They had the same problem prior to the year 2000, so why wasn't this lesson already learned?
No, it was a totally different problem.
Y2K was about an optimization made early in the history of software development, when every bit and byte was precious, and it was expected that the software would be replaced long before it became a problem. Well, not all of it got replaced before then - but everyone knew the problem was there, and exactly when it would bite us, so a lot of people worked hard patching system so that there were no major problems. And before you sneer at the short-sightedness of early developers, let me ask you this: how many of YOUR programs are Y10K compatible? Or Y2037 compatible? Or Y65536 compatible?
This is about security flaws (some due to criminally-negligent designs, some due to inevitable software bugs made even by skilled developers) that are NOT known about in advance, and that CANNOT be patched when they suddenly become a problem.
Or in the case of the situations and environments I work, your statement should read: "Move the applications to where they are not accessible when you have no internet connection while you need to do your work".
The definition of a networked system is "one you can't use because some computer you never heard of is down".
The cloud is highly shared and redundant clustering that is automated and agnostic. It can be public or private.
Wait, so I can save carbon by having a private cloud in my basement? I mean sure, that saves the lag and whatnot from the always-problematic last mile, but how does the movie get to my private cloud? I'm not seeing the carbon savings!
Most people will never learn.
"A distributed system is a system where I can’t get my work done because a computer has failed that I’ve never even heard of."
- Leslie Lamport, 2006 (or earlier)
so unless Jackson thinks HP should hire unqualified people just because they are black or latino, he should probably focus his efforts earlier in the pipeline
I doubt that's what he thinks - he doesn't actually care about black or latino people. He just wants the publicity, and some sort of "fund for underprivileged nerds" to be set up, which he can then "administer" in a way that benefits him and his friends. Shakedown, plain and simple.
And I do think it's fair (and helpful) to bring it down to a per-passenger level. Sure, the airlines operate at a large scale, so any fleet-wide investment will cost zillions, and any fleet-wide savings will save zillions. But that's compared to overall costs in the mega-zillions, so the numbers are almost meaningless to most people. Suppose someone wanted to eliminate the padding on the seats, and just have you sit on bare metal, and quoted a large dollar figure savings - the first thing I'd do is estimate the per-passenger savings: if it's $50-$100 per pax, then it could make a big difference in ticket prices (PLEASE let's not go off on a tangent about how the greedy bastards at the airline would just keep the difference!)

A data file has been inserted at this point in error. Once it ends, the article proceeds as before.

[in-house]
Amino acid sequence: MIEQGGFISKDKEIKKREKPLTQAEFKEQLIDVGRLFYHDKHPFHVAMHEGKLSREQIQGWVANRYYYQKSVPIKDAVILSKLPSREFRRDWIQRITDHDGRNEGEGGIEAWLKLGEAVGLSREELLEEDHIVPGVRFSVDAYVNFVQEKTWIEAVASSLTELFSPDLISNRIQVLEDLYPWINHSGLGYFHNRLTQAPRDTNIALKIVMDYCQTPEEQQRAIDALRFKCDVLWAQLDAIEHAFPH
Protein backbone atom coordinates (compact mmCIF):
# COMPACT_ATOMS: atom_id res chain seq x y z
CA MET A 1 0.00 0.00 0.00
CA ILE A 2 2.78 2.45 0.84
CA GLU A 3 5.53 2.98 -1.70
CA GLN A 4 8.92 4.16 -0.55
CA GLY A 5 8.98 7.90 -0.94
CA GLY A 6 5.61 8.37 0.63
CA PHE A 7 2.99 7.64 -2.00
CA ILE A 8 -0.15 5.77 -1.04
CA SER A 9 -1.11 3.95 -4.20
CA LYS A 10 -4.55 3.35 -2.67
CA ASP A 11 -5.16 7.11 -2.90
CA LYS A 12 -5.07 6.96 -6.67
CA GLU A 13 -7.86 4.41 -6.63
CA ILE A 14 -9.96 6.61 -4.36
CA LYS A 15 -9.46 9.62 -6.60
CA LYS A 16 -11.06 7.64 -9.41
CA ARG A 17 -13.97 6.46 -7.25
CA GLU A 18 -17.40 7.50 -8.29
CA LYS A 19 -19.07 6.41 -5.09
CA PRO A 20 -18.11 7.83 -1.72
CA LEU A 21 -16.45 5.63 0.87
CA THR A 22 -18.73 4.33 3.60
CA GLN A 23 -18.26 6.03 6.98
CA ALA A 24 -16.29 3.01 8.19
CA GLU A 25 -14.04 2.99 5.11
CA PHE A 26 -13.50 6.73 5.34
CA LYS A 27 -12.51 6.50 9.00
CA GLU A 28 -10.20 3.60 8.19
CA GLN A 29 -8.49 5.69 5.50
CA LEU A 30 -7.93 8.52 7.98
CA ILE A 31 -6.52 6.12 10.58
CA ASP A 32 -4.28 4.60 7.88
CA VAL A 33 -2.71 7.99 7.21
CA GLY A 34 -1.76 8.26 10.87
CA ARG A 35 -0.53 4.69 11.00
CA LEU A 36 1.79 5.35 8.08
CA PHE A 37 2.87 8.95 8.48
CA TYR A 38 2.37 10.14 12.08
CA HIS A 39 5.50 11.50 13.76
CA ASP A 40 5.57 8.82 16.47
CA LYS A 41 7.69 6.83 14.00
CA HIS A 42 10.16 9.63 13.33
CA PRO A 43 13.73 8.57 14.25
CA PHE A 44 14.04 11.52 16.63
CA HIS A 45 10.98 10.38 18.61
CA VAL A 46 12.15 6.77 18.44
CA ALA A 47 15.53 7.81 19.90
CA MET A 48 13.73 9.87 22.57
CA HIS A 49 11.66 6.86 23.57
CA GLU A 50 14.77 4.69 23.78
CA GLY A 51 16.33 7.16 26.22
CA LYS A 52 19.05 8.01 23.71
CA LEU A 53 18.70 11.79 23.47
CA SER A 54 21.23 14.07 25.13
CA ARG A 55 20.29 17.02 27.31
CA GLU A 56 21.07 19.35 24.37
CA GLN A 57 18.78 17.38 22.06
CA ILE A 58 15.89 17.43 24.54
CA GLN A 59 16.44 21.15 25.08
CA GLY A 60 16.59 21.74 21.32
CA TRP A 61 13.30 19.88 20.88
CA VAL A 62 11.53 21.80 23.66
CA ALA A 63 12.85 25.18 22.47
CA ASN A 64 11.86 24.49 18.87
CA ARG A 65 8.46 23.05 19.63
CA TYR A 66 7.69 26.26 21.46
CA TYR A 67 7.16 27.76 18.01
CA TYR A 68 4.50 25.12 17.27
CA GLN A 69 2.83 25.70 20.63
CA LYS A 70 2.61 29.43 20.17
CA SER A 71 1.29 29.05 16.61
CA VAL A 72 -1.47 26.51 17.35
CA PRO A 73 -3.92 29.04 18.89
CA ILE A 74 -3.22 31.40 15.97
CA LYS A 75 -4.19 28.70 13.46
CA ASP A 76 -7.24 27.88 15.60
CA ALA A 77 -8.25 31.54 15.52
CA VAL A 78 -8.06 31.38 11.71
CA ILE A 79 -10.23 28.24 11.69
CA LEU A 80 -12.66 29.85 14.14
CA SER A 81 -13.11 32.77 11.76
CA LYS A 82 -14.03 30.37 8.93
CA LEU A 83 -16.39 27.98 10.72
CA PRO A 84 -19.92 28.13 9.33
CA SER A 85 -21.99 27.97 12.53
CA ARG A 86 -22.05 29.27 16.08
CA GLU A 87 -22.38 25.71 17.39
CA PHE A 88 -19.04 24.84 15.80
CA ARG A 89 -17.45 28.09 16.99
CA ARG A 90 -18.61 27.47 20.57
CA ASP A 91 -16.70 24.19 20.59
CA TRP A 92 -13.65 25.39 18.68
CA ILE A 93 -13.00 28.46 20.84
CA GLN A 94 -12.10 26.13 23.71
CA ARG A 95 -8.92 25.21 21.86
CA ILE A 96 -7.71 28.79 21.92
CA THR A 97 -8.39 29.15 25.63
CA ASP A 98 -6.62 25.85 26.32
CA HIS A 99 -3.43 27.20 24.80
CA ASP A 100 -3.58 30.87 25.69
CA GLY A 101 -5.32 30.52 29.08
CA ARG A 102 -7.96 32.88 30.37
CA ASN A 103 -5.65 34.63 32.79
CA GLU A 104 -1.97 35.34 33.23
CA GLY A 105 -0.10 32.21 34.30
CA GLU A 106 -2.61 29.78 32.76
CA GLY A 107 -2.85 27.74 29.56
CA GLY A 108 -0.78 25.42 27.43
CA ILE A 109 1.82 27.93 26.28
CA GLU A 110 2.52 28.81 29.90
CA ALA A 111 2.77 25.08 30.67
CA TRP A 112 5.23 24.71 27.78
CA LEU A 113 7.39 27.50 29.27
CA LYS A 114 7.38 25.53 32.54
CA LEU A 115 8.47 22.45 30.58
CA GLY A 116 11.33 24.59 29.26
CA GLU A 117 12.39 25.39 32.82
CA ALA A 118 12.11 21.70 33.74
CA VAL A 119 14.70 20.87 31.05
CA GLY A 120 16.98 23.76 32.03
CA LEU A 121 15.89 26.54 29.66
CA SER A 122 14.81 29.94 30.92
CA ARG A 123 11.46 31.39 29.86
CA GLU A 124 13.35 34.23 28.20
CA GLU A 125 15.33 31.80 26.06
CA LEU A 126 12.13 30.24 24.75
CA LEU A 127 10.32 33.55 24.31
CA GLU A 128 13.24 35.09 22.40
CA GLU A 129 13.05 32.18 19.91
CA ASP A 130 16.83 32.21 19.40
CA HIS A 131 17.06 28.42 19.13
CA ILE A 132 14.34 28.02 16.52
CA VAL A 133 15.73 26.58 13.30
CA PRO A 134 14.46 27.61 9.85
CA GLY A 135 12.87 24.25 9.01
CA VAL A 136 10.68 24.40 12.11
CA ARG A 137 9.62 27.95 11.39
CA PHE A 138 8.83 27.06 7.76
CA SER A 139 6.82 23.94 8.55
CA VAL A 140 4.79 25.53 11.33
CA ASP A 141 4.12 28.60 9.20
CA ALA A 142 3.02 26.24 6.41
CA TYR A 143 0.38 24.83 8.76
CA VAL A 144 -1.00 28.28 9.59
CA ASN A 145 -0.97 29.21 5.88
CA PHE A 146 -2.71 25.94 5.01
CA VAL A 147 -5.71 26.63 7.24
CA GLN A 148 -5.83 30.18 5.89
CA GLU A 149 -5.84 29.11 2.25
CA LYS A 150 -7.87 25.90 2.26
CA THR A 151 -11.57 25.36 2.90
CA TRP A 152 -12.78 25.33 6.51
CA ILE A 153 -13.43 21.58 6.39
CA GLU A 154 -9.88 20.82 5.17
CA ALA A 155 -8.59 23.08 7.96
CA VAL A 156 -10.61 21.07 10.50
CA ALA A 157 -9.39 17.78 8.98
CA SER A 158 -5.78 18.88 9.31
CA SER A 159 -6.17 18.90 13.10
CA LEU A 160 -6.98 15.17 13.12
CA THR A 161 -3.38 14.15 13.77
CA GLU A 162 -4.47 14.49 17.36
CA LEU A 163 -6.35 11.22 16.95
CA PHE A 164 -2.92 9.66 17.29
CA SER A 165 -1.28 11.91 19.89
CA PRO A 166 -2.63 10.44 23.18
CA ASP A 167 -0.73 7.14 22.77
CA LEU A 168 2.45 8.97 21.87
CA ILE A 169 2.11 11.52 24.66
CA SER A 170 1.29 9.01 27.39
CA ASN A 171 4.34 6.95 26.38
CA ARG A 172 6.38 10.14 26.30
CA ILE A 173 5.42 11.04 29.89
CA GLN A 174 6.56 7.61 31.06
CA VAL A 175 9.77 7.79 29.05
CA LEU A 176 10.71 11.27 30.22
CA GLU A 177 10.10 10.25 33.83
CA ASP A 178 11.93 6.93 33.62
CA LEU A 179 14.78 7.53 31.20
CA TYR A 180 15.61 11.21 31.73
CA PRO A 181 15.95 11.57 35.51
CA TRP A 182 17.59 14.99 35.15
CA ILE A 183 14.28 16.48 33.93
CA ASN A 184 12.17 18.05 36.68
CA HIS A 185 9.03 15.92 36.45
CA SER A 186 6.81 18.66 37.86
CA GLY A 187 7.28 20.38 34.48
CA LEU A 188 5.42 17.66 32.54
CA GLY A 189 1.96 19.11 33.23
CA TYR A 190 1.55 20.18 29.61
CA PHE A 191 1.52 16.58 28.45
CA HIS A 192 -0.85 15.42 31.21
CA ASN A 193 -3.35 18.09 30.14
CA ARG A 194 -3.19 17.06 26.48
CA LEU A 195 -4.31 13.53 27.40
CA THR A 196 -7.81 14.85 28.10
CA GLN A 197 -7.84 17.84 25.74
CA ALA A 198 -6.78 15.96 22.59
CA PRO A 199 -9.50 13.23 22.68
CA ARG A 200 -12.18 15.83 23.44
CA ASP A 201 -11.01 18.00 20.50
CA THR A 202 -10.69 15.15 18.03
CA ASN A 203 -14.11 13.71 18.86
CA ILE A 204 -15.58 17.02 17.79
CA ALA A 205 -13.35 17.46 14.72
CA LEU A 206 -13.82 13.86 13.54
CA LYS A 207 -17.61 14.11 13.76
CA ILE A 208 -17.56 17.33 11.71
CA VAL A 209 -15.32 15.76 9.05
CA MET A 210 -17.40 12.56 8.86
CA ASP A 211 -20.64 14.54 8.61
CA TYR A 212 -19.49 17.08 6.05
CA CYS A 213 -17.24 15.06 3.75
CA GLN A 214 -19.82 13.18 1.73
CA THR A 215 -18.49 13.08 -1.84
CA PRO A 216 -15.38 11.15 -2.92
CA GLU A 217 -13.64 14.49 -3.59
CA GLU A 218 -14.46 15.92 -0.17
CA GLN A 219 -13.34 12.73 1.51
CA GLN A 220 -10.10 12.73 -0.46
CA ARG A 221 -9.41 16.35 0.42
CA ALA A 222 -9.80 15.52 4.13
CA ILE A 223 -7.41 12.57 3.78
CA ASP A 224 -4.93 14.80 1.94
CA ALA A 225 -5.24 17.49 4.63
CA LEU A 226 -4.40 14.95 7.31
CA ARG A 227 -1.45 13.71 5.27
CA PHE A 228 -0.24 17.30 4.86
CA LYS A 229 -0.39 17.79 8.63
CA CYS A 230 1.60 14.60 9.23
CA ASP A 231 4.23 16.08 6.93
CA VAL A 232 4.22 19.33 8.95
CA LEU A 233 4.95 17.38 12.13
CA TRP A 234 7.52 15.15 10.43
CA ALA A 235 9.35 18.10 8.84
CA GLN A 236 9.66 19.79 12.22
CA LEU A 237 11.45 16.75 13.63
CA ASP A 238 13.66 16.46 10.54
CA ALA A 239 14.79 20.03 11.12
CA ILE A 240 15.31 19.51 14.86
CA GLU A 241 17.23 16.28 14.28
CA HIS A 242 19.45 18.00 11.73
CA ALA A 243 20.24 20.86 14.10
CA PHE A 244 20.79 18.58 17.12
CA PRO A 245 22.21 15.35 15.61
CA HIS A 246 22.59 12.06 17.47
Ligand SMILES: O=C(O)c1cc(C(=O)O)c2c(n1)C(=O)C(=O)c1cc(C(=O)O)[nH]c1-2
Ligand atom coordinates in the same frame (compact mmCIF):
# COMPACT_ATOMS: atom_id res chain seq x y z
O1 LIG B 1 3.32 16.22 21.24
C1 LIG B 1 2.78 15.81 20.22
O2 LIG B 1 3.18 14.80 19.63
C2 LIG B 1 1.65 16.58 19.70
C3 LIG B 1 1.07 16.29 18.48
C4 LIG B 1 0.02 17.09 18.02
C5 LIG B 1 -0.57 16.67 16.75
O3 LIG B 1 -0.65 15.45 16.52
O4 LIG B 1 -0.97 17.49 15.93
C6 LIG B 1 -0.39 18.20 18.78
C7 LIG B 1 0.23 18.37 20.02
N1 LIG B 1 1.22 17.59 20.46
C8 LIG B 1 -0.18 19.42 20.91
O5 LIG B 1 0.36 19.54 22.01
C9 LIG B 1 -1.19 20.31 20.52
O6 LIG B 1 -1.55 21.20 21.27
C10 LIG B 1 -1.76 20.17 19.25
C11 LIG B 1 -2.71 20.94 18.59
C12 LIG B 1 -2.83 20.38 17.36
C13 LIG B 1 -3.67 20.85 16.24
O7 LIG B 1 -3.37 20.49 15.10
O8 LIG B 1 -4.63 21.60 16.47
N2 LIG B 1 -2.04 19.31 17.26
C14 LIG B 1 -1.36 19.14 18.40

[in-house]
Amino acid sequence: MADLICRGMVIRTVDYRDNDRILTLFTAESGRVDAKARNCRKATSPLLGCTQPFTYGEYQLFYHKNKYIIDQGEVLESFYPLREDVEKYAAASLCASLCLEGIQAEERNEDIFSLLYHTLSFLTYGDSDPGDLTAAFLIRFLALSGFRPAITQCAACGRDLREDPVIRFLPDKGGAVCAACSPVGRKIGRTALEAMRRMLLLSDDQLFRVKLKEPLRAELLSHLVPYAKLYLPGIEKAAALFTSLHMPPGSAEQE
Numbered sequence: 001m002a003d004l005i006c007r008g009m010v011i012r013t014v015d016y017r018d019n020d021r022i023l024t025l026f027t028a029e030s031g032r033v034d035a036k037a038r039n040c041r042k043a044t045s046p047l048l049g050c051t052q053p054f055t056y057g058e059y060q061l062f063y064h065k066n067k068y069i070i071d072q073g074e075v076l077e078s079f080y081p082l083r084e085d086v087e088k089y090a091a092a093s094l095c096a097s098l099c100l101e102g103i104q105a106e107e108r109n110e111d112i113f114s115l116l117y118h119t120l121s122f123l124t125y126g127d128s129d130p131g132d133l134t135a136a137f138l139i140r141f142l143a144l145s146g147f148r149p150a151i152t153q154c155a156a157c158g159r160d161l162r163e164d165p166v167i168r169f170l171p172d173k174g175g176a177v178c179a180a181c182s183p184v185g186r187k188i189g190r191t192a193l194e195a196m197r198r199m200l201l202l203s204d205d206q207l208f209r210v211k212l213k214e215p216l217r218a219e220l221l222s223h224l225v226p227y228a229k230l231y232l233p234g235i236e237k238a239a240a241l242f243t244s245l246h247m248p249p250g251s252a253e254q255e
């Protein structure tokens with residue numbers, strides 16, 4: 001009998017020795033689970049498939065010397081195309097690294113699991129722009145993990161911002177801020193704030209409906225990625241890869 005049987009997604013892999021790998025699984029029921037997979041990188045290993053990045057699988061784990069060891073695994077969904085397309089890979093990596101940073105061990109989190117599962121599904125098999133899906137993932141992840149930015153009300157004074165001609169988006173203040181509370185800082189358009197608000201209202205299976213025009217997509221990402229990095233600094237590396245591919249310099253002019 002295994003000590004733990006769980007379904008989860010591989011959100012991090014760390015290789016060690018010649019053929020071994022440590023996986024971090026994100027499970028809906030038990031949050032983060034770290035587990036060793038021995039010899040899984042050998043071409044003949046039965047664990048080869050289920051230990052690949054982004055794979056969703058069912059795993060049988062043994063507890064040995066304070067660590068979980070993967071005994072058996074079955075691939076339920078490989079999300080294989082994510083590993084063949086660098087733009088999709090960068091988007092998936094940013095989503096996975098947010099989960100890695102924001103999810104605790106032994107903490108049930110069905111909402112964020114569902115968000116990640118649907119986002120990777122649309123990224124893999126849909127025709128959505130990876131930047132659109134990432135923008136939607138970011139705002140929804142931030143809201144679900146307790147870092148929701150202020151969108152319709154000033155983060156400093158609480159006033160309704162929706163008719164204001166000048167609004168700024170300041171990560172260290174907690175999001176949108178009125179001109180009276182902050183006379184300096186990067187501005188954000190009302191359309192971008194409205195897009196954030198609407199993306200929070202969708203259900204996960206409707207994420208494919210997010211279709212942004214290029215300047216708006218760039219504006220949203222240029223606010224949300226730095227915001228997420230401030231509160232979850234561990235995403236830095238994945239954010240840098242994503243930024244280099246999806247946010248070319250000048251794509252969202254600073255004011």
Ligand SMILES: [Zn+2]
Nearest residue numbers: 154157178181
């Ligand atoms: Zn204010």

It's more likely you could use that same money to find a lot more than a couple dozen people by spending it more intelligently. The only thing that makes these people special is that they were rich enough to afford trans-pacific plane tickets, and they're in the news. If you think that makes them more important than other people, then YOU are the one barely attached to human reality.
A few hundred people per day per plane
Win for the airline. Win for the government involved. And fuck the consumer.
Gotta love Capitalism - and crony capitalism as it is practiced in most of the World - fuck the people!
Wow - another poster claimed that NOT installing the boxes was proof of how capitalism sucks, and you're claiming that installing them (the exact opposite!) would prove that capitalism sucks.
I think you left-wingers have a stock answer ("capitalism sucks") and you're always on the lookout for a question to attach it to.
Once again, the free market fails where regulation would succeed - the former can only correct for the future AFTER everyone's dead and un-buried.
Why do you say that? What makes YOU the authority on the "correct" answer? Maybe people are perfectly comfortable with the status quo - after all, it's not like this box would save anyone, it would just help to find their corpses a little sooner. Considering only a few hundred people a year die in commercial plane crashes (vs around 100 million total deaths per year), and the vast majority of those are found very quickly, it's not really that big of a deal. There are probably better ways to spend $100K per plane to improve the flying experience (safer, more comfortable, less TSA, whatever), yet you've suddenly decided that the best thing to do would have been to bump this box (which you never even heard of until today) to the top of the list!